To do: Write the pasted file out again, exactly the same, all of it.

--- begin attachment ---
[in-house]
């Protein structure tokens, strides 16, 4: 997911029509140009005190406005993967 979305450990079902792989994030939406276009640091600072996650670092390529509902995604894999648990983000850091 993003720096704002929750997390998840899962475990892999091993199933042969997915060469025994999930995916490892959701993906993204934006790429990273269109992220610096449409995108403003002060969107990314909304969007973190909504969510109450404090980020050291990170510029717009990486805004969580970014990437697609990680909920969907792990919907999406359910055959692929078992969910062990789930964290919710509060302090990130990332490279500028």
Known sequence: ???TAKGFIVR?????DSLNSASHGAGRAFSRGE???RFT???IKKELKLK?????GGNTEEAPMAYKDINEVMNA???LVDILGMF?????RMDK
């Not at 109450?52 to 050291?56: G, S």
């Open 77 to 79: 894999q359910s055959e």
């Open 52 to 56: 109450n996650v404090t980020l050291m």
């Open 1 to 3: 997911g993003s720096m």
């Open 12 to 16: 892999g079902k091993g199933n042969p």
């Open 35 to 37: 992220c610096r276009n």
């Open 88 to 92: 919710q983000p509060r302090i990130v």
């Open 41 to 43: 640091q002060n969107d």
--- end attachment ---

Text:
[in-house]
């Protein structure tokens, strides 16, 4: 997911029509140009005190406005993967 979305450990079902792989994030939406276009640091600072996650670092390529509902995604894999648990983000850091 993003720096704002929750997390998840899962475990892999091993199933042969997915060469025994999930995916490892959701993906993204934006790429990273269109992220610096449409995108403003002060969107990314909304969007973190909504969510109450404090980020050291990170510029717009990486805004969580970014990437697609990680909920969907792990919907999406359910055959692929078992969910062990789930964290919710509060302090990130990332490279500028």
Known sequence: ???TAKGFIVR?????DSLNSASHGAGRAFSRGE???RFT???IKKELKLK?????GGNTEEAPMAYKDINEVMNA???LVDILGMF?????RMDK
């Not at 109450?52 to 050291?56: G, S």
């Open 77 to 79: 894999q359910s055959e």
């Open 52 to 56: 109450n996650v404090t980020l050291m």
């Open 1 to 3: 997911g993003s720096m």
């Open 12 to 16: 892999g079902k091993g199933n042969p």
């Open 35 to 37: 992220c610096r276009n």
């Open 88 to 92: 919710q983000p509060r302090i990130v």
């Open 41 to 43: 640091q002060n969107d």